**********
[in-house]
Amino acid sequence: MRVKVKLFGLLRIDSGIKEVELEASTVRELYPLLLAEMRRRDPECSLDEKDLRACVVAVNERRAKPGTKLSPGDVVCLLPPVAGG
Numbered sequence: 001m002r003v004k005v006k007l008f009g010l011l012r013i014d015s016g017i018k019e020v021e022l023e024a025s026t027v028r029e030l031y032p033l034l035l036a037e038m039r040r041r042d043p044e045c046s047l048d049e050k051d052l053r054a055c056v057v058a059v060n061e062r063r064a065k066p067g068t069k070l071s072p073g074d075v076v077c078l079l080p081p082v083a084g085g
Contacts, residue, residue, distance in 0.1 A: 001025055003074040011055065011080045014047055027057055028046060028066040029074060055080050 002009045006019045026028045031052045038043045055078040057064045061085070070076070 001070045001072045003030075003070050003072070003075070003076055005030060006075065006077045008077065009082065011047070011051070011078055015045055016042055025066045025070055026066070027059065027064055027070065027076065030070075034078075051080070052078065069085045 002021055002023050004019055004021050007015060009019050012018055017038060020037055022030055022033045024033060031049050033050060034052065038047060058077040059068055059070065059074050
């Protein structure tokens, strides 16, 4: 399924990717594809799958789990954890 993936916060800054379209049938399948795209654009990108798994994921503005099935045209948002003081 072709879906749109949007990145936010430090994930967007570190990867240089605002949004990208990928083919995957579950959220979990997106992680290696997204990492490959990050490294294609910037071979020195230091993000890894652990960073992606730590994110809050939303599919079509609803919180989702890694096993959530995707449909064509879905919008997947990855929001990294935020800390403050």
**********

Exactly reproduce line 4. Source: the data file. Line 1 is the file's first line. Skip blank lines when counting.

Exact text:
Contacts, residue, residue, distance in 0.1 A: 001025055003074040011055065011080045014047055027057055028046060028066040029074060055080050 002009045006019045026028045031052045038043045055078040057064045061085070070076070 001070045001072045003030075003070050003072070003075070003076055005030060006075065006077045008077065009082065011047070011051070011078055015045055016042055025066045025070055026066070027059065027064055027070065027076065030070075034078075051080070052078065069085045 002021055002023050004019055004021050007015060009019050012018055017038060020037055022030055022033045024033060031049050033050060034052065038047060058077040059068055059070065059074050